Lawson, before accepting the poisoned chalice, also expressed concerns about the rise of Islamic fundamentalism in mainstream Pakistani culture and the fact that the Pakistan Cricket Board’s patron - the real boss - is military dictator General Pervez Musharraf. He cited reports that the players infatuation with Islam was affecting their cricket, even stating that he had heard that fielders were substituted during international matches to allow them to kneel towards the Kaba and pay homage from the prayer mat. For a secular cricketer like Lawson this recent development in Pakistani society and sporting culture is barely comprehensible. “I’ll be having none of that” was his final comment on the situation before appointment.
Coronated King Henry in the Pakistani media, Lawson has now softened his tone, "I believe they have overcome those obstacles," he said. "I think the board, the players and maybe some religious leaders have set out some conditions for when players can pray during matches, and how much work they can do during Ramadan. They are professional athletes, and as a coach you are looking for them to maximise their own potential.”
It is ironic that in a country that prohibits gambling that the PCB would plunge so heavily in entrusting Geoff Lawson with the stewardship of the national side. He possesses a mediocre decade old first-class coaching record and has no international experience, he understands very little about the changing nature of Pakistani society and he proudly possesses the natural lack of empathy required of an Australian Test quick. He said upon his appointment, "I don't suffer fools and I don't put up with second best”.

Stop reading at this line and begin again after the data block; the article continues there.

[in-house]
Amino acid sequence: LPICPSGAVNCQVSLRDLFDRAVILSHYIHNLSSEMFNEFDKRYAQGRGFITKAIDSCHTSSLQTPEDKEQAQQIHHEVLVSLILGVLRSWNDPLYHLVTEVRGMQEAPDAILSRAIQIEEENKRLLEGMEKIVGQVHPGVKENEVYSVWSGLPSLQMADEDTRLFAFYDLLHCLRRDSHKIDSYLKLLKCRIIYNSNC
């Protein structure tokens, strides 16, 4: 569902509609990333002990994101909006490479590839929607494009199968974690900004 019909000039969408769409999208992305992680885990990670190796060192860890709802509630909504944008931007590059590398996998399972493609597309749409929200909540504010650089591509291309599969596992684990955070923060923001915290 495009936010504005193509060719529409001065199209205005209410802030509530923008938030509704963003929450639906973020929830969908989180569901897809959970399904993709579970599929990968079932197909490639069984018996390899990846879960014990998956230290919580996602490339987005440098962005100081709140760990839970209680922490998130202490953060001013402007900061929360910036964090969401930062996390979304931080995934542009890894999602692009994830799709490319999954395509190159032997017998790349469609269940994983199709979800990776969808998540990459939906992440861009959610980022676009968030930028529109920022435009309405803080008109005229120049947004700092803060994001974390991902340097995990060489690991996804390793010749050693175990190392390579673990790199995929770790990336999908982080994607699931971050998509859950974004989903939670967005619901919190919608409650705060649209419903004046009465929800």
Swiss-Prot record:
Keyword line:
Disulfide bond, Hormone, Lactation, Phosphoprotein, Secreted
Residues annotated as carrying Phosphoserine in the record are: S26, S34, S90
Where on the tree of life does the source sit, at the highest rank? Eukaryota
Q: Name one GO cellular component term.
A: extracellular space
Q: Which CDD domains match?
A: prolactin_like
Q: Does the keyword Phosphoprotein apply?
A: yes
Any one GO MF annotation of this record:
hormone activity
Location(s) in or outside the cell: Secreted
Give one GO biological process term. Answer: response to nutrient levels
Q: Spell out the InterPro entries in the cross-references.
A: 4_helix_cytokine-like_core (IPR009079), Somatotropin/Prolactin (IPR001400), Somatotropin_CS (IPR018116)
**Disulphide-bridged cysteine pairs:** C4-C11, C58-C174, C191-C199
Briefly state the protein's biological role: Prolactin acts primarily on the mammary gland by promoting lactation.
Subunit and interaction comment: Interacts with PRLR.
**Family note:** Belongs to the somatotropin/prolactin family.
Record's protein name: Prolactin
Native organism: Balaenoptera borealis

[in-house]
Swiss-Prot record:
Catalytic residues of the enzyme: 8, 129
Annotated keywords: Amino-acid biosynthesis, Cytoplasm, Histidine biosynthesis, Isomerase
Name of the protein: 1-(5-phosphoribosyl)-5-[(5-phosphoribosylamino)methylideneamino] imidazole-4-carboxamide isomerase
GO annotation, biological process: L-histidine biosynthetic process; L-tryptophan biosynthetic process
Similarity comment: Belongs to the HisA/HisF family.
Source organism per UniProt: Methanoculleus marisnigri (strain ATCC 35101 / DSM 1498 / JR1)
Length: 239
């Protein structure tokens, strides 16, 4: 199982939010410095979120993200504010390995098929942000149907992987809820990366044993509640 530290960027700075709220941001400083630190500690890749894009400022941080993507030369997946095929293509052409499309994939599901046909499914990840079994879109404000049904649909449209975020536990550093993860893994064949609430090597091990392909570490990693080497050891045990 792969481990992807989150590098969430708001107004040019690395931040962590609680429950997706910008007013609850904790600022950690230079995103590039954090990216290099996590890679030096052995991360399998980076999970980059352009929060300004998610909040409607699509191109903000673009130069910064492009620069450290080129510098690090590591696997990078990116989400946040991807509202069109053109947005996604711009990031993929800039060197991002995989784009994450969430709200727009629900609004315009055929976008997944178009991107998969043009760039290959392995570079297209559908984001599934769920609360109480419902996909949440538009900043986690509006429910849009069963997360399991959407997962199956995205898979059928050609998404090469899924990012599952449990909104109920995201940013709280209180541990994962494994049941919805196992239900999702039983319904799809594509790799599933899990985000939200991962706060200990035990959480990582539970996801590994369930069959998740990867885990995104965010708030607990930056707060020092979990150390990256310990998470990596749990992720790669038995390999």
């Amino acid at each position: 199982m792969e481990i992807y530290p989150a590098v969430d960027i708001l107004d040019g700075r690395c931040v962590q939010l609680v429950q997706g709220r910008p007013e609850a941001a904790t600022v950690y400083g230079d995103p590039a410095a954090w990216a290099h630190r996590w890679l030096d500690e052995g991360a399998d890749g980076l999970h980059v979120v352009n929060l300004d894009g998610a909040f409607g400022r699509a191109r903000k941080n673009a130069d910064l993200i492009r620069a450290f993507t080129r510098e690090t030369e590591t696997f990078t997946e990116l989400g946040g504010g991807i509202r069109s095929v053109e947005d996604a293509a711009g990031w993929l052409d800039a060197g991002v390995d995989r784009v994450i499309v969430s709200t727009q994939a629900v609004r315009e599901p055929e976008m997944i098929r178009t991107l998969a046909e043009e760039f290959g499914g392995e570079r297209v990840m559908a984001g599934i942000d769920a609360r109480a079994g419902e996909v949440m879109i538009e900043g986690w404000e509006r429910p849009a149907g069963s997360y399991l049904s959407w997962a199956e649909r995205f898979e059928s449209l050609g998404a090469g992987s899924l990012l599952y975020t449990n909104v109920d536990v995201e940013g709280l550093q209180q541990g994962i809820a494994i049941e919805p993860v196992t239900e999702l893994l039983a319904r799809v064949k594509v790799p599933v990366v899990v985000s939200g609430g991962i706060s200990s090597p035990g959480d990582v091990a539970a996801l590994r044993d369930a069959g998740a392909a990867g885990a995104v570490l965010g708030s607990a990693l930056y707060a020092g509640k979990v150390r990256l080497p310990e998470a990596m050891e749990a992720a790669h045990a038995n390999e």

Combine Lawson’s quirks, insecurities and forthright attitude with the fractious nature of the Pakistani administration, an out of the loop and outspoken ex-player lobby, a newly appointed untested captain, a caviling squad with a poor work ethic, in addition to the widening linguistic, religious and cultural divide between the West and Pakistan, all under the unsleeping eye of an unpopular and tottering military dictatorship and it is not difficult to imagine some tough times ahead for the man affectionately known as Henry.